Island Life by David Slack

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Island Life: In another league

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  • Graeme Edgeler,

    Basically, it's never been the onus of a murder victim to prove that they're actually dead, or a burglary victim to prove that their locks got busted; so a rape trial is not the place to have to prove that a woman was actually raped.

    Actually, it is the onus, it's just easier in murder or burglary. If you can't establish that someone is dead, or that's someone's missing some stuff from their home, you're not going to get a murder or burglary conviction.

    You will have rape cases where rape is accepted as having happened by both sides - yes she was raped, but it wasn't this guy. Much like you could have a burglary charge go away if the offender was found illegally in a house but argued they were only there to get some of their own stuff.

    X happened but it wasn't illegal defences might happen more often in rape cases, but they can happen across a range of crimes - just as can X happened and was illegal, but it wasn't me can happen in rape trials.

    Wellington, New Zealand • Since Nov 2006 • 2971 posts Report Reply

  • Muriel Lockheed,

    I don't know what to make of this case really. I think admitting to "a bit of alcohol" problem is the very least of Tea's problems! I am sorry but all the righteous indignation that is being spouted from that camp this morning leaves me cold.

    But what really makes me put my head in my hands and feel very dispirited are the partners of these men, not only Ropati, but Shollum, Shipton, McNamara and Rickards. I mean what are they thinking?

    What are they thinking? I just don't understand.

    sigh

    Wellywood • Since Nov 2006 • 44 posts Report Reply

  • FletcherB,

    I dont think anyone reasonable would argue that if someone is so comatose or out of it, that they are uncomunicative.... then consent cant be assumed. I think we all agree that absence of refusal does not indicate consent.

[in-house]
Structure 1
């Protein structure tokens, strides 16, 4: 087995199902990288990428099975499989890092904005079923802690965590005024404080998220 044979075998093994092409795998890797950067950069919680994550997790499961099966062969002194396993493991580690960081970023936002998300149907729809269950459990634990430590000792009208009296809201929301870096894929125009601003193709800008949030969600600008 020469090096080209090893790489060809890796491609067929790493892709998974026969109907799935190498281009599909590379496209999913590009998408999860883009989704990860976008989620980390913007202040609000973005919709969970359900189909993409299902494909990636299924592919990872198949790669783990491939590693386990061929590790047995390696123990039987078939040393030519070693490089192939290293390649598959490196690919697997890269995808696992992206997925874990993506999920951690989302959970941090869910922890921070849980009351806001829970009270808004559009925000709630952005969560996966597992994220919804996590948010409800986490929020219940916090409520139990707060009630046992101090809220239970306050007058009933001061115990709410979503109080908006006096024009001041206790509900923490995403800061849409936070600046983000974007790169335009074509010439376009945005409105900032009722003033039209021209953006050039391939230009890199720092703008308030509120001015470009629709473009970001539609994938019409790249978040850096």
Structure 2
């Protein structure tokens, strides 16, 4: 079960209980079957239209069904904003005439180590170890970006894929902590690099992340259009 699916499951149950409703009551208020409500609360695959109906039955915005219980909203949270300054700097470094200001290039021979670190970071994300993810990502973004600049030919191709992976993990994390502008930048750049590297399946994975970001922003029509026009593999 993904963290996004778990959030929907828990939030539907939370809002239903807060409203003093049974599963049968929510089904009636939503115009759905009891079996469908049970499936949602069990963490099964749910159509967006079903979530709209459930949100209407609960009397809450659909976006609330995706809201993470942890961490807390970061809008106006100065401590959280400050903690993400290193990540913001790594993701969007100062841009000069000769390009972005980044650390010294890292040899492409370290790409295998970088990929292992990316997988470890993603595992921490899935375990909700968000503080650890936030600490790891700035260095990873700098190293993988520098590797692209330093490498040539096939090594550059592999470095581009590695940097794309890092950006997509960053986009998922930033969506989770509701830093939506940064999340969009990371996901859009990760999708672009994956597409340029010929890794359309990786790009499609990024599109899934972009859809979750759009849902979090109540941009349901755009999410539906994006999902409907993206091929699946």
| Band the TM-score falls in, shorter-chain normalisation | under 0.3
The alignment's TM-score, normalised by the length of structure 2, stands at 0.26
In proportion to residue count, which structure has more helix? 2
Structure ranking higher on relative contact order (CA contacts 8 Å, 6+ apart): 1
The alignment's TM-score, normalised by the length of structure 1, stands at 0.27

But some here seem to be arguing that even if consent IS given by an incapacitated person.... that the other person must be able to know that this isnt real consent...

    Where is the border? How do you tell the difference between someone who's a bit tipsy and really is keen, and someone who is so drunk that when they say yes they cant possibly mean it?

    Bear in mind the person making this decision may also be somewhat incapacitated..

    West Auckland • Since Nov 2006 • 782 posts Report Reply

  • Heather Gaye,

    Actually, it is the onus, it's just easier in murder or burglary. If you can't establish that someone is dead, or that's someone's missing some stuff from their home, you're not going to get a murder or burglary conviction.

    You will have rape cases where rape is accepted as having happened by both sides - yes she was raped, but it wasn't this guy. Much like you could have a burglary charge go away if the offender was found illegally in a house but argued they were only there to get some of their own stuff.

    OK, onus may be there, but there aren't a whole lot of avenues open to a complainant to be able to do so, is there? I fully accept that having no body is an understandable obstacle to proving a murder case, but I found one article on the lawyers.co.nz site that cited a study that found that 84% of rape complainants were accused of lying, & over half of complainants had their sexual history used against them, with no recourse for the prosecution to rebut. I think this is a big problem in rape trials, and it needs to be addressed - and more actively than just nodding sagely & agreeing that yes, rape trials are a bitch.

    /heather's-character-evidence-bugbear

    Under the western motorwa… • Since Nov 2006 • 522 posts Report Reply

  • FletcherB,

    P.S. I'm not suggesting this is what happened in the Ropati case.... its just something that came to mind as we were discussing it...

    West Auckland • Since Nov 2006 • 782 posts Report Reply

  • Stephen Judd,